When Christine Gaudenzi met Chip Conley, the yogi CEO of California's Joie de Vivre Hospitality hotel group, she sensed that he'd be a good boss. "He's so calm that I immediately wanted to work for him," says Gaudenzi, 42, now the company's director of marketing and business development.
Joie de Vivre occasionally offers yoga classes at its San Francisco headquarters. But hotel-based employees can't attend all the time, so Gaudenzi and her co-workers started their own yoga class three years ago, when they were opening Hotel Vitale on the other side of the city. "There is a lot of stress involved in opening a new hotel," she says. Despite not having office space at the hotel, she recalls, "We brought in an instructor and made space where 10 or 12 of us could practice poses." It helped the team to stay serene through the building, marketing, and opening of the new space.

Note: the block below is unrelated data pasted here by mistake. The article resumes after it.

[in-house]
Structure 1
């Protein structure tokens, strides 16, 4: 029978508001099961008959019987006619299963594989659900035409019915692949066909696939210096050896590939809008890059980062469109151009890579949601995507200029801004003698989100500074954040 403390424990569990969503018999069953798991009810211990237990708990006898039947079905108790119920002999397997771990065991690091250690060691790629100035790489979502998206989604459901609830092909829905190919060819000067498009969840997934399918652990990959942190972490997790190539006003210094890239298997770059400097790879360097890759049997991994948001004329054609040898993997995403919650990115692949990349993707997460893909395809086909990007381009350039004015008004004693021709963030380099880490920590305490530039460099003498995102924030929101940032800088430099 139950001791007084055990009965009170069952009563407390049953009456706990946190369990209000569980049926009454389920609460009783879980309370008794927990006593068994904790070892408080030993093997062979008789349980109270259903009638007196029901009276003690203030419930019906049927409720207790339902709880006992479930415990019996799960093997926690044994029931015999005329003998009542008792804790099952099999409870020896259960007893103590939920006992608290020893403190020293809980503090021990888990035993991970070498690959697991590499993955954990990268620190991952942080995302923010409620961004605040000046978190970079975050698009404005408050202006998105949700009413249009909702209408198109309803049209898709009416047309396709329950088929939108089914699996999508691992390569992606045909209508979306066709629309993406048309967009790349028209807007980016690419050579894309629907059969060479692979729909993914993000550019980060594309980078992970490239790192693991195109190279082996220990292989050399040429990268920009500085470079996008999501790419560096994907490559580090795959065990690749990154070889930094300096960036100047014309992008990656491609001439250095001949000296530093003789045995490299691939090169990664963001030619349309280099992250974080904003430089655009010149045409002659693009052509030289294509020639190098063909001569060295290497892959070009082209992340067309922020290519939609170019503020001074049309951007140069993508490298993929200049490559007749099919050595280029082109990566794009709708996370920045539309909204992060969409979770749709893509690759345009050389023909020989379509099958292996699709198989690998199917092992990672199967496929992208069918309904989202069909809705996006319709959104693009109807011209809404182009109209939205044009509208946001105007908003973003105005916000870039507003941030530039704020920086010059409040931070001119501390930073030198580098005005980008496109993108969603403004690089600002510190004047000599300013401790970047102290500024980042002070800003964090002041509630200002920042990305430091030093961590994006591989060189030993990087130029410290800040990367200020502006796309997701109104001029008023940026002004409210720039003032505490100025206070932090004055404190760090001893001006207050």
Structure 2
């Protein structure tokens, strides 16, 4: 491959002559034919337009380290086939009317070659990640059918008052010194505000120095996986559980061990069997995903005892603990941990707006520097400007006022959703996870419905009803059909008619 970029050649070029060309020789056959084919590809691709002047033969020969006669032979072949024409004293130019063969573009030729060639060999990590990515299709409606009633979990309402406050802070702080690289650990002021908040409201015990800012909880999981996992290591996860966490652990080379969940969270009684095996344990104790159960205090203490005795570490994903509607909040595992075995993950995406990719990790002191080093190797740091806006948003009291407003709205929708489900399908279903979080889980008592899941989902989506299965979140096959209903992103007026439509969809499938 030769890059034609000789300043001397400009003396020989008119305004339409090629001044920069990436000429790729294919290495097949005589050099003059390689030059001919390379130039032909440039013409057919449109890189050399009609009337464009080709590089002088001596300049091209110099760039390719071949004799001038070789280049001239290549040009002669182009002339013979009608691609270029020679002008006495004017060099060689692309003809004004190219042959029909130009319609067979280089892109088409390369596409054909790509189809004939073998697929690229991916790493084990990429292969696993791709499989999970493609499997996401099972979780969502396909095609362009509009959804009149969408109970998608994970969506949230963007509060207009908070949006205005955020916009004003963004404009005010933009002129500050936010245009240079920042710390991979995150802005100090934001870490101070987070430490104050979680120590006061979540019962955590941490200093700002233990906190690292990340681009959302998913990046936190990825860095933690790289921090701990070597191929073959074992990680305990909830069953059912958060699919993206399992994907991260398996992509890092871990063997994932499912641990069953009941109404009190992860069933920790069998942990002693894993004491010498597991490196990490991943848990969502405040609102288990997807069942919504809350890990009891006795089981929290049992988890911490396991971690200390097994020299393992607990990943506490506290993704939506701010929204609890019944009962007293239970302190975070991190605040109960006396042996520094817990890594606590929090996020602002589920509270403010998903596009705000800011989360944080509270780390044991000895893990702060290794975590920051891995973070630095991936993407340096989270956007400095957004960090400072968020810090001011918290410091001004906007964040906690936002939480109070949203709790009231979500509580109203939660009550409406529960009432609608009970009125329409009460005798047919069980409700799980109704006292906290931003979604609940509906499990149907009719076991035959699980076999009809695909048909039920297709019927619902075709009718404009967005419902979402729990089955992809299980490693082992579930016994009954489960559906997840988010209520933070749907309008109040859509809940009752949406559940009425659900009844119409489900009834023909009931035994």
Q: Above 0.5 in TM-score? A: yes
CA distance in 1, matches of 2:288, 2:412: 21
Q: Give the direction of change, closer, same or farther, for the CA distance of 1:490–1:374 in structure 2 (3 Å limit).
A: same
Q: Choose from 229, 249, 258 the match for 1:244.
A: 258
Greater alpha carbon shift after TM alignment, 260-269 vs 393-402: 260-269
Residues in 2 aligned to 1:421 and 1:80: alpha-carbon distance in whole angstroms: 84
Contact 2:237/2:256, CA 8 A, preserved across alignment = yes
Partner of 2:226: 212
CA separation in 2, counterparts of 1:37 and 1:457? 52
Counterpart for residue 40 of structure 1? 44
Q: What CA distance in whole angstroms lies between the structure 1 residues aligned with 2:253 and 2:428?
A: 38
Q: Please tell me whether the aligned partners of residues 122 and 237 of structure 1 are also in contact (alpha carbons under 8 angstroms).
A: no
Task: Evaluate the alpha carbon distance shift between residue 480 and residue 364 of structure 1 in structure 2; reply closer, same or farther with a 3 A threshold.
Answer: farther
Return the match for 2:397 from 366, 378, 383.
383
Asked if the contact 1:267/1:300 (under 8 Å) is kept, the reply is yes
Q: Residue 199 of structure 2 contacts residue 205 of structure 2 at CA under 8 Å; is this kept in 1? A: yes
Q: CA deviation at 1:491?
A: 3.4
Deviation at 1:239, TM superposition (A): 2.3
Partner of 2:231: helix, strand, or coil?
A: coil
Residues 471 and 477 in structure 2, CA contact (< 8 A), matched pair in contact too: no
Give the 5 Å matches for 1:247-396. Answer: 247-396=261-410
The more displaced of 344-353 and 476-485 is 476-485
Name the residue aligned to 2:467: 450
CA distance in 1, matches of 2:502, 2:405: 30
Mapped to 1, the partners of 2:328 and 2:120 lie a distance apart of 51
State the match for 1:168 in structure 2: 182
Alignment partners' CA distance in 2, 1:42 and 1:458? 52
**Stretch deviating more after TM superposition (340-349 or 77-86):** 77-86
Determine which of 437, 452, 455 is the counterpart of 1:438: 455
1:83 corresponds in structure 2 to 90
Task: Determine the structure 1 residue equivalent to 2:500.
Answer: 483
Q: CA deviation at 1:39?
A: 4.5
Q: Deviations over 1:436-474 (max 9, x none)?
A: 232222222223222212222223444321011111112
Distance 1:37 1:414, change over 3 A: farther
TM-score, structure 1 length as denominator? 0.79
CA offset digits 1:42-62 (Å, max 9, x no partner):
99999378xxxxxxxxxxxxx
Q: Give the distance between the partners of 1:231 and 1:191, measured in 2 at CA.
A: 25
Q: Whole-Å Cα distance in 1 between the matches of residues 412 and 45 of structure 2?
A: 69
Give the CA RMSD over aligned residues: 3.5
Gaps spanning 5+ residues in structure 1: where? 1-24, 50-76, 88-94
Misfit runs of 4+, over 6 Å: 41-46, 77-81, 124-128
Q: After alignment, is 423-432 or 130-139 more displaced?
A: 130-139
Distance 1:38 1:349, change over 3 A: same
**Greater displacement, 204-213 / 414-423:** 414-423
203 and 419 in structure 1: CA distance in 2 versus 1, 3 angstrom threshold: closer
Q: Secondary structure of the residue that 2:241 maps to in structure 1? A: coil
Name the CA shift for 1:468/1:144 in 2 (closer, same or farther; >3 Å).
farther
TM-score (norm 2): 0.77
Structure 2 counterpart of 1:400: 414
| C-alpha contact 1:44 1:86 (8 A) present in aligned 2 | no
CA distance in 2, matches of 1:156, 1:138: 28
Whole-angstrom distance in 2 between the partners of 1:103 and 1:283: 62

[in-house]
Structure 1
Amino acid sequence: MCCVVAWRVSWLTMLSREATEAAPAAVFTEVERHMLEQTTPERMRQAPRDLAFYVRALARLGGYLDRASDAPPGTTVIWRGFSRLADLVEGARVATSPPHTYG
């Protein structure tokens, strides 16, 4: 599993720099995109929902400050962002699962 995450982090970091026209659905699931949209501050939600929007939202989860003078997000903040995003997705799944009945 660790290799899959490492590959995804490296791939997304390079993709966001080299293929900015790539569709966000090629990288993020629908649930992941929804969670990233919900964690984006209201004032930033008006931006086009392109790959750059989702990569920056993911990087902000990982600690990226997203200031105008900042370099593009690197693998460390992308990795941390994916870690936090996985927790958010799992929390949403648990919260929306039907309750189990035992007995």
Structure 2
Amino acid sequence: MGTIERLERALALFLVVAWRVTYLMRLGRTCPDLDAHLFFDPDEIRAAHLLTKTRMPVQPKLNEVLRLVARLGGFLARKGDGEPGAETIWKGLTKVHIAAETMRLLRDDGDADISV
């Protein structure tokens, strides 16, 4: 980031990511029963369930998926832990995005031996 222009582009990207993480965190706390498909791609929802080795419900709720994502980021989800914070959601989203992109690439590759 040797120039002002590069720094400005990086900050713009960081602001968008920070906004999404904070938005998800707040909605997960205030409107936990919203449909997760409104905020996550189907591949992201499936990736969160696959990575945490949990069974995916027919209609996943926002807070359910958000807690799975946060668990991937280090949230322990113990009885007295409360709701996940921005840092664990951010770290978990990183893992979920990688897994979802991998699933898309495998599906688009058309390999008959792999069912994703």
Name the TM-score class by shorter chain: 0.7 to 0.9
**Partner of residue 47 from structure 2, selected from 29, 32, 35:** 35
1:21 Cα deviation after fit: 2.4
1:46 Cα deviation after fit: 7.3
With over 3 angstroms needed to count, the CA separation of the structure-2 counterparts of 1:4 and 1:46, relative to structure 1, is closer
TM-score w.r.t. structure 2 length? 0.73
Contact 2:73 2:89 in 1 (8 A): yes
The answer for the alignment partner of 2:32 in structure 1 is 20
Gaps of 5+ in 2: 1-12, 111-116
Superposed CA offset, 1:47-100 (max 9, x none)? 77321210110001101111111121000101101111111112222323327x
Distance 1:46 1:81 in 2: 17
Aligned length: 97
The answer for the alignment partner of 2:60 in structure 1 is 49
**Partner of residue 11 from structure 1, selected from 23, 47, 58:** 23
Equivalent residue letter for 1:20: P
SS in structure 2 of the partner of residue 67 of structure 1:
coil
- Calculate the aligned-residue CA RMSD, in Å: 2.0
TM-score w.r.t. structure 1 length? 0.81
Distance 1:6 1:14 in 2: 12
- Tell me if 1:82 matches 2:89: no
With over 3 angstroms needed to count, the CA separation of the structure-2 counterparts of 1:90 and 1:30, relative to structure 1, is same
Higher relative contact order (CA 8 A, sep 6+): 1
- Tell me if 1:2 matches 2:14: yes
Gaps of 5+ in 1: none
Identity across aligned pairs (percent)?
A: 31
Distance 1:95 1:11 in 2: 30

Halfway across the country, employees at Vosges Chocolate in Chicago have also seen the benefits of yoga in the workplace. Founder Katrina Markoff, 34, decided to sponsor a vinyasa-style weekly yoga class. She says yoga helps her to stay centered and focus on the task at hand, and to let distractions wait their turn.
Her influence is rubbing off. Vosges creative director, Brenda Rotheiser Bergen, now puts off difficult conversations until right after her lunchtime practice because, she says, "It's so much easier to talk when I'm calm and centered." And like others in the company, she has cultivated the yogic habit of taking three deep breaths when a conversation goes off track—even when she's on the phone. "I put people on hold. When I get back on the call, I'm calm, and my responses are so much better," she says. "It's remarkable the way breathing changes the whole tone of a conversation."
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